out for wood, and that was no doubt the reason why the guard did not stop us when we went to join our imaginary squad.
They soon marched in and passed very near us, but we were not noticed, and waited for darkness before we moved.
We had a small map of the country and knew the route we wanted to take, but how to strike it was the question, as the night was dark and we did not have the stars to guide us. We struck out at random and soon came to a road; this we followed until we arrived at a plantation.
Frank stood guard while I went forward to reconnoitre.
I crept up to the house and was looking around the corner when a negro girl came out, and, in a way peculiar to the race, called, “Joe!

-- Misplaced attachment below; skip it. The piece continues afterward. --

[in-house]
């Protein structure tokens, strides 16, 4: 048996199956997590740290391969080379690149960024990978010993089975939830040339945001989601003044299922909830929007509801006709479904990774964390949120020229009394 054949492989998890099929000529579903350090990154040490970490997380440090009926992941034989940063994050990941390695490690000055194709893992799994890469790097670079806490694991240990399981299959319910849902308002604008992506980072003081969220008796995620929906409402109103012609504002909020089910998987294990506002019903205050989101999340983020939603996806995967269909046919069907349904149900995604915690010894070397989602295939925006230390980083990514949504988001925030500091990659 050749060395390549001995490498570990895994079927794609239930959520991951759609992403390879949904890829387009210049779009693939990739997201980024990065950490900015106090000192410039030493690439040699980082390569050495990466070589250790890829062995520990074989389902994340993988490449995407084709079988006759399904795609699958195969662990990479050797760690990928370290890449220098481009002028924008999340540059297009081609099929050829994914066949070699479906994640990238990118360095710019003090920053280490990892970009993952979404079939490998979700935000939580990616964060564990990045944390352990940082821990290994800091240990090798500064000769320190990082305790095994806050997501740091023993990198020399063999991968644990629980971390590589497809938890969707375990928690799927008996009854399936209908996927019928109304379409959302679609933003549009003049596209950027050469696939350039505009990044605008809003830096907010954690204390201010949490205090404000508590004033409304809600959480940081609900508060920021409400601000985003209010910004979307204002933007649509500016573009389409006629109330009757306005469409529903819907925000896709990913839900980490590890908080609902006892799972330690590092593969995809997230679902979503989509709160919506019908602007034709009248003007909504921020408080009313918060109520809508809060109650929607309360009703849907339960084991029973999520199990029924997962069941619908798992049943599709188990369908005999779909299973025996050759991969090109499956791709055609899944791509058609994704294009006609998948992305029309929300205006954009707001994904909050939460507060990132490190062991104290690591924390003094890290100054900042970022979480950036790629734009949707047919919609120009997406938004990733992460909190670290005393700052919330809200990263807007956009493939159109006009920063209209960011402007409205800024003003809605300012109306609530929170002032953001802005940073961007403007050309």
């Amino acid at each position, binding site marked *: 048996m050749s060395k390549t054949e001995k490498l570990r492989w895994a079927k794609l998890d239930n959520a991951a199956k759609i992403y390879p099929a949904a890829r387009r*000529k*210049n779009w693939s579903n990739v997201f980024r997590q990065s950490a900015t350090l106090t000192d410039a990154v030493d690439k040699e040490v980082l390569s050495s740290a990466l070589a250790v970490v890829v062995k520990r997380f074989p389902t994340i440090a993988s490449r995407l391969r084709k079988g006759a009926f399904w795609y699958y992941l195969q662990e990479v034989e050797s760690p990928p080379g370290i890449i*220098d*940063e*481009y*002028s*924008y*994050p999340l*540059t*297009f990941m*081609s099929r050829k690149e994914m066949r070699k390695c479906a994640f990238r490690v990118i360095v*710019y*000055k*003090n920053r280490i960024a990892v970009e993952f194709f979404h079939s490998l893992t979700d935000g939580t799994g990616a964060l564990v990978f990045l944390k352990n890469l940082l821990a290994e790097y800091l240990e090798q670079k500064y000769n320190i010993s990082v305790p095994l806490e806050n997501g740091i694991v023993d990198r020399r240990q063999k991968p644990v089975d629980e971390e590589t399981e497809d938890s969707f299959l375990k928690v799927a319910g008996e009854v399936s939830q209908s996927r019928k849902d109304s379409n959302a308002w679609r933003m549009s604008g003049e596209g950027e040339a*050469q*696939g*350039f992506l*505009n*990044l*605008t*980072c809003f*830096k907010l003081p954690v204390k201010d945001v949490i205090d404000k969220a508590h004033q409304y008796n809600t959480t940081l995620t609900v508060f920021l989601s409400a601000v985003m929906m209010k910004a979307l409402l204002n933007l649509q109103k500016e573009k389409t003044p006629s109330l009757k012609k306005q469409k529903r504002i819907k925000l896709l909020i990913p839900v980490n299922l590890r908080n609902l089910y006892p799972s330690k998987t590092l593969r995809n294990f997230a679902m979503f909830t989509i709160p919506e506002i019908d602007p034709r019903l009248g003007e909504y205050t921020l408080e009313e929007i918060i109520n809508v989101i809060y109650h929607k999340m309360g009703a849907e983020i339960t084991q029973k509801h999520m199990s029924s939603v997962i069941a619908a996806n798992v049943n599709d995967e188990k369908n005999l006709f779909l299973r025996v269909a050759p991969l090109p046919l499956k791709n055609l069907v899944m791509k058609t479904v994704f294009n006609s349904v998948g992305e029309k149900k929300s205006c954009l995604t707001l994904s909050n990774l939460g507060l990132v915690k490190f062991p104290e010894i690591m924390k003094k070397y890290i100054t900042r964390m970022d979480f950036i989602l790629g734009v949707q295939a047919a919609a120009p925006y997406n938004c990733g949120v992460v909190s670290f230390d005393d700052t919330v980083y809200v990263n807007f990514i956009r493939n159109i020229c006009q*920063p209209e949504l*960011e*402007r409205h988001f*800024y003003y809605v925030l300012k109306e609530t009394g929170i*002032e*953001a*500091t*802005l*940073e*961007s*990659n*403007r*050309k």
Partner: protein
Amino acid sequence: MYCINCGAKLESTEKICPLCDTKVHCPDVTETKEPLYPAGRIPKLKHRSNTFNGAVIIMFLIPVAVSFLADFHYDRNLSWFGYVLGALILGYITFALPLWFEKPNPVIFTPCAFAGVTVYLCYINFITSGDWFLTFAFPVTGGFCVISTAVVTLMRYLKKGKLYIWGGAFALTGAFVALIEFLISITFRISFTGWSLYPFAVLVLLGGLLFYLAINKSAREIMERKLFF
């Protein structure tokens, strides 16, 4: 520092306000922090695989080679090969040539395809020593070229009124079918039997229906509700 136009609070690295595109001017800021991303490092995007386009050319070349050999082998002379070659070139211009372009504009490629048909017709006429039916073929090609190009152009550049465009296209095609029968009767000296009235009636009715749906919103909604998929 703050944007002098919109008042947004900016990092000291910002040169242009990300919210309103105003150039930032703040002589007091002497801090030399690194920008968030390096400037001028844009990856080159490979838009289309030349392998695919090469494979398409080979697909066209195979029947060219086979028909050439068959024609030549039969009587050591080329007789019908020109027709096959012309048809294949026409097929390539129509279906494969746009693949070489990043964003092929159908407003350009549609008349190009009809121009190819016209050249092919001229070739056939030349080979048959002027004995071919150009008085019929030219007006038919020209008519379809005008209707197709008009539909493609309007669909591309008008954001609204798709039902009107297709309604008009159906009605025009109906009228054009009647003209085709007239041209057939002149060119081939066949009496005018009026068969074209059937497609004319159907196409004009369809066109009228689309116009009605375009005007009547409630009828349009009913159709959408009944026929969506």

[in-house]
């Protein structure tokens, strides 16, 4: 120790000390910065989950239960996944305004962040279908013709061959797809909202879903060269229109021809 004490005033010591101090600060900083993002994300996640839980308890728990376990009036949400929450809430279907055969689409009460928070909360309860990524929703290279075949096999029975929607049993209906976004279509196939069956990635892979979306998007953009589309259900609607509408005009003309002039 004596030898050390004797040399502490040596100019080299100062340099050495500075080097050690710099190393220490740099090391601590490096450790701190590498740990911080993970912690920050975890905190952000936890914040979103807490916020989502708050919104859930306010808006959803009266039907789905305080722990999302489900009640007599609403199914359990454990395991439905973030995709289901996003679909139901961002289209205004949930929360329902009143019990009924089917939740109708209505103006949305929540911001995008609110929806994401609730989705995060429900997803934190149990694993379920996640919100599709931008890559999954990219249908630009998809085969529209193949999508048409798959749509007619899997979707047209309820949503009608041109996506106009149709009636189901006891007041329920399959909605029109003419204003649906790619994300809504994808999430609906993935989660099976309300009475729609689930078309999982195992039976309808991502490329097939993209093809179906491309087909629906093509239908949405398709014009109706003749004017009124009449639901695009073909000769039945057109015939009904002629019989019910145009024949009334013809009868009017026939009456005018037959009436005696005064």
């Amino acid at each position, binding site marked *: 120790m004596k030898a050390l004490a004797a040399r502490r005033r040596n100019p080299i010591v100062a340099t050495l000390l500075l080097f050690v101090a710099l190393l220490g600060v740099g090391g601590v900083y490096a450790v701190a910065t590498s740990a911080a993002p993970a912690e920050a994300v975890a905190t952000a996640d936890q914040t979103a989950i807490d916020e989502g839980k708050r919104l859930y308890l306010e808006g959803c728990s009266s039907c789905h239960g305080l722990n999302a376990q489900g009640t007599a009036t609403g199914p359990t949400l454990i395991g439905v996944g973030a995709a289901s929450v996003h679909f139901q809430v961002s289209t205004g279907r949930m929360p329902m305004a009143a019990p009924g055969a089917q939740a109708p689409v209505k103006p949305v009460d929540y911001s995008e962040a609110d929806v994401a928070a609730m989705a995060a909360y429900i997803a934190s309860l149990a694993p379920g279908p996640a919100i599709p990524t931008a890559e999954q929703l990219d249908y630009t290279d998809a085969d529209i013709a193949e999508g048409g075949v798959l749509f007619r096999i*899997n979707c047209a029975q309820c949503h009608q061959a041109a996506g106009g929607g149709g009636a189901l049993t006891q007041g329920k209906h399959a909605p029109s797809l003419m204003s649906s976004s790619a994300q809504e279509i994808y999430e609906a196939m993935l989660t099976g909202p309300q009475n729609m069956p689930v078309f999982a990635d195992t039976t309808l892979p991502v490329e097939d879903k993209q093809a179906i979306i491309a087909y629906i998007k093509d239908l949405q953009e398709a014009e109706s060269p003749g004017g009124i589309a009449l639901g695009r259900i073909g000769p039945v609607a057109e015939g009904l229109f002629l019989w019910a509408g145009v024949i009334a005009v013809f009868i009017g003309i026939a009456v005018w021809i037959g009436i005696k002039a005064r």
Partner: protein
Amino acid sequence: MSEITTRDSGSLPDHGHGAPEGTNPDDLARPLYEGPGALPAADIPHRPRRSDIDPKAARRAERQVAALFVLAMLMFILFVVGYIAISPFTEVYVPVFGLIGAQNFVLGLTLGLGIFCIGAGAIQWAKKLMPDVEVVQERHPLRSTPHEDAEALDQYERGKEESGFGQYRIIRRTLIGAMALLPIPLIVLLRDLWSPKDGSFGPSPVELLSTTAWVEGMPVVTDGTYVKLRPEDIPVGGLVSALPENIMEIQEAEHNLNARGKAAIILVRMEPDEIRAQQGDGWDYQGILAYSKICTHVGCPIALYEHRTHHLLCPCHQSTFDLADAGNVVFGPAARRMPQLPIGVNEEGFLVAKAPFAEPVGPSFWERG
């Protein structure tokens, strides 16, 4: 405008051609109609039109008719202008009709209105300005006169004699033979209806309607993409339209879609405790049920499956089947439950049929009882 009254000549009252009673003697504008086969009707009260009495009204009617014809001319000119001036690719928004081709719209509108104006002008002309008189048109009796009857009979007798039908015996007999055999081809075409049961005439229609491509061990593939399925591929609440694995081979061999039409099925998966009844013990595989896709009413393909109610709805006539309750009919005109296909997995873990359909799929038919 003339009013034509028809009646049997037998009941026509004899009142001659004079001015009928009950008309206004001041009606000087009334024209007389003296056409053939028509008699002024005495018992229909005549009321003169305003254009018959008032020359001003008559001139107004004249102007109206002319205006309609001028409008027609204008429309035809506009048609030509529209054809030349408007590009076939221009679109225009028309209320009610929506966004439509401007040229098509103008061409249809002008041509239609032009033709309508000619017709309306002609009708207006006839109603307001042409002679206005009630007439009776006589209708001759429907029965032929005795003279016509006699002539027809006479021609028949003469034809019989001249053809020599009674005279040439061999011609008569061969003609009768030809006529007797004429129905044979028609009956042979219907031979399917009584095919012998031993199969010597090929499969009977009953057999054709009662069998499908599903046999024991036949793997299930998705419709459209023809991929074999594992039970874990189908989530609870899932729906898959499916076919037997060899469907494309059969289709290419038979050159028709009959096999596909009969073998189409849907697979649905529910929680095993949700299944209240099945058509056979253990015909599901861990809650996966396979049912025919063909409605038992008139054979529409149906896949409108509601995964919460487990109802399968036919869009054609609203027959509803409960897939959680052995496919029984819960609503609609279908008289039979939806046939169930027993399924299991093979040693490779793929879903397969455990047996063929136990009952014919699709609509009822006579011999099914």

I spoke to her; she turned her head, screamed, and started on the run, but I followed.
For about five minutes we had as pretty a “go as you please” race as one could wish to see. She was soon reinforced by a man with a club.
I halted and he came to me. He said, “I know you; you are a Yankee, and have escaped from the camp.”
I informed him that he was right, and that I wanted to be directed to the main road.
“All right,” he said, “I will help you, but the first thing you want is something to eat,” and, joining the girl, went into the house and brought out meat, bread and a dish of butter-milk.
Frank came up, and we ate the first square meal we had seen for months.
We then formed in single file, the negro in the advance, and had gone but a short distance when we heard voices, so we went into the woods while he kept the road.
It proved to be some of our old guard.
They asked the negro who went into the woods.
He answered, “Only some of the boys.”
They called us to come out, but we did not come, so they came in